North (Sydney) Harbour Aquatic Reserve is located between North Head and Dobroyd Head in the northern part of Sydney Harbour, covering an area of approximately 260 hectares.
Historically, the reserve was the site of some of the first marine specimen collecting conducted in the 1830s by the superintendent of the Quarantine Station.
The aquatic reserve includes a variety of habitats, including rocky shores, sandy beaches, nearshore reefs, sandy seabed and harbour waters up to around 20 m deep.
Sheltered coves contain seagrass habitats and nearshore reefs support kelp habitats that are used by many species, including seahorses and sea dragons. The rocky reefs and kelp beds are also home to many different invertebrates and fish and the boulder habitats in deeper waters are inhabited by colourful sponges and corals. In summer, tropical fish are a common sight, carried from the Great Barrier Reef along the NSW coast by the East Australian Current (EAC).
An area of critical habitat for the little penguin is located within the reserve.
You can enjoy many marine activities such as snorkelling, scuba diving, swimming, boating and line fishing. You can line fish for finfish only (fish with a backbone), subject to other NSW fishing rules and regulations.
Spearfishing is prohibited.
No invertebrate animals, cunjevoi or marine plants (whether alive or dead) can be taken or collected from this reserve. This means that you cannot collect shellfish, fish for squid or cuttlefish, collect any marine animals or plants from the shore, pump for worms or collect empty shells (because they provide important homes for living organisms).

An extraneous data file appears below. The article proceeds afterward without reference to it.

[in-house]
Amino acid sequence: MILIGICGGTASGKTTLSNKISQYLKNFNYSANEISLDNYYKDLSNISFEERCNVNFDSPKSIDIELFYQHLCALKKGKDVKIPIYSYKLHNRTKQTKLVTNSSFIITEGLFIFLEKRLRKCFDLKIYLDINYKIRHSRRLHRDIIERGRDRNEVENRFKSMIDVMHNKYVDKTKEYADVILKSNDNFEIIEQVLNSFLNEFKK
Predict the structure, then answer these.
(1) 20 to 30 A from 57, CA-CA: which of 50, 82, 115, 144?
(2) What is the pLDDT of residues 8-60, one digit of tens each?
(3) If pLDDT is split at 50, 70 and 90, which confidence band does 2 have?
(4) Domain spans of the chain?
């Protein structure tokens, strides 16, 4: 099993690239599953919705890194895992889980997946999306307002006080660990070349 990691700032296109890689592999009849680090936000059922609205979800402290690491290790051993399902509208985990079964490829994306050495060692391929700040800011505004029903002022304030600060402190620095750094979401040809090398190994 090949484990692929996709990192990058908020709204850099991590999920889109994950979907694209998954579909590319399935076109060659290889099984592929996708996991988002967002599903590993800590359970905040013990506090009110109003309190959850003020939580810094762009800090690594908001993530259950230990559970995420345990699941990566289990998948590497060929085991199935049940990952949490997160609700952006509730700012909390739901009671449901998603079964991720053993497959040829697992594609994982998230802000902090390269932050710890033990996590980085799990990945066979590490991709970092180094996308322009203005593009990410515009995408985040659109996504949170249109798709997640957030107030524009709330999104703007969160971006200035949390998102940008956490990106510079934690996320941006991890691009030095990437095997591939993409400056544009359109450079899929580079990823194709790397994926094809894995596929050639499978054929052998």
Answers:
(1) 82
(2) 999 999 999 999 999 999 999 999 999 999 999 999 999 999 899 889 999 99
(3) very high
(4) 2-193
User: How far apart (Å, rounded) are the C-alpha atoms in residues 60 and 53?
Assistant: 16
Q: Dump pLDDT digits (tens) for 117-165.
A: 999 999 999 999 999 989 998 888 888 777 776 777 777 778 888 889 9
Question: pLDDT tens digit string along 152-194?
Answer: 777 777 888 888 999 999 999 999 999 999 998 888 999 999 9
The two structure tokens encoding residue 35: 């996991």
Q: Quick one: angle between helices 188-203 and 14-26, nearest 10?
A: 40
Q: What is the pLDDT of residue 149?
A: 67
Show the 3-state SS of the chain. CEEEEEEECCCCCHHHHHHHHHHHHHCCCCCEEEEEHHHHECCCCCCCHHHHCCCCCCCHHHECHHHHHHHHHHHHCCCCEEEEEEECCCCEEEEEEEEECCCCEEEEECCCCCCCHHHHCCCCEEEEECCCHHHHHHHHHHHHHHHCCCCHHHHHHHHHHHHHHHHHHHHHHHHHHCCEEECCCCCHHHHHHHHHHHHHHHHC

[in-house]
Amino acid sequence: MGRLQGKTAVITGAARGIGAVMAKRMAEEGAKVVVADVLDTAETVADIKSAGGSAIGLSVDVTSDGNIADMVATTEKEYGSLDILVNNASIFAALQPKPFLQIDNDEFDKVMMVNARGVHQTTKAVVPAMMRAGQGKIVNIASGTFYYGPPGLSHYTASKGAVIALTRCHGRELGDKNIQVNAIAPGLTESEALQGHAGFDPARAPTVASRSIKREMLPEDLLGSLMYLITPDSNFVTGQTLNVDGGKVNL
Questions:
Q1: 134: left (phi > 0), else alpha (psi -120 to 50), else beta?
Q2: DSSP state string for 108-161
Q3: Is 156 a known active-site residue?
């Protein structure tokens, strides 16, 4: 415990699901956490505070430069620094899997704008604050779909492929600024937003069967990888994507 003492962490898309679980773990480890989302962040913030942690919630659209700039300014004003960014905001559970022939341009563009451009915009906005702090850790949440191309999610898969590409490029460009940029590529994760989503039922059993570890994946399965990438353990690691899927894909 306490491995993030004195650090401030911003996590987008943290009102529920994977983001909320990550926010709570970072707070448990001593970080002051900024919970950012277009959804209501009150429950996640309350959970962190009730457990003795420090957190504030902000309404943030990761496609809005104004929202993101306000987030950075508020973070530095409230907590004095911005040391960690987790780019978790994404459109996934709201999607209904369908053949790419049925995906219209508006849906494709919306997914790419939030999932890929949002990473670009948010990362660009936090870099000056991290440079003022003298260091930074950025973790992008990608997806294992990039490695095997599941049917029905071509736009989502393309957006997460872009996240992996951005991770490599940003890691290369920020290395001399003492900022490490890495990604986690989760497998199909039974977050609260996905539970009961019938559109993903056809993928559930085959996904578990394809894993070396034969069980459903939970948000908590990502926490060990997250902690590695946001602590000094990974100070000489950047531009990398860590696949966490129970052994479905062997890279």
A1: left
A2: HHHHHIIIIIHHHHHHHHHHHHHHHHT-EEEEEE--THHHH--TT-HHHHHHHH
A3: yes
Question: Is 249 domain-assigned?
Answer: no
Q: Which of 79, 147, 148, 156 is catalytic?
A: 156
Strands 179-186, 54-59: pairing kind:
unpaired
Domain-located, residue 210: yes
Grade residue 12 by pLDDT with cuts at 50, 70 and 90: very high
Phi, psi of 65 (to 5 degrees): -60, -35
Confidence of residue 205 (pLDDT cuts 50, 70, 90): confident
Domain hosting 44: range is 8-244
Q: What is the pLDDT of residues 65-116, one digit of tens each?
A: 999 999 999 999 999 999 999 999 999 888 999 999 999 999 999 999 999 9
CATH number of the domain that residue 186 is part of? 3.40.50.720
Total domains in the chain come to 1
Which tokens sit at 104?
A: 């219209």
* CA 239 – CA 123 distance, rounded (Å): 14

Other than finfish, no marine animals or plants can be harmed in the reserve.
Avoid anchoring in seagrass beds to help protect this important fish habitat.
Be the eyes, ears and voice for aquatic reserves and report:
A good viewing point to see the reserve is from the top of Dobroyd Head, where you can see across to North Head which marks the southernmost boundary of the reserve. Photo: Renata Pronk.
Dobroyd Head viewed from the water. Photo: Renata Pronk.
The historical Quarantine Station is located on the eastern side of the reserve with a wharf at Quarantine Beach. Photo: Renata Pronk.
Some of the common fish species that are seen in the harbour are yellowfin bream (Acanthopagrus australis) which often swim amongst the kelp on rocky reefs. Photo: Renata Pronk.
The deeper reefs within the reserve are adorned with colourful sponges, ascidians and corals. Photo: Renata Pronk.
The gloomy octopus (Octopus tetricus) can be found hiding in cracks and crevices. Photo: Renata Pronk.
There are many places to access the reserve along the foreshore including from the Quarantine Station in Sydney Harbour National Park via North Head Scenic Drive. On foot, you can get to the reserve via the Manly scenic walkway, and it can also be explored by boat.
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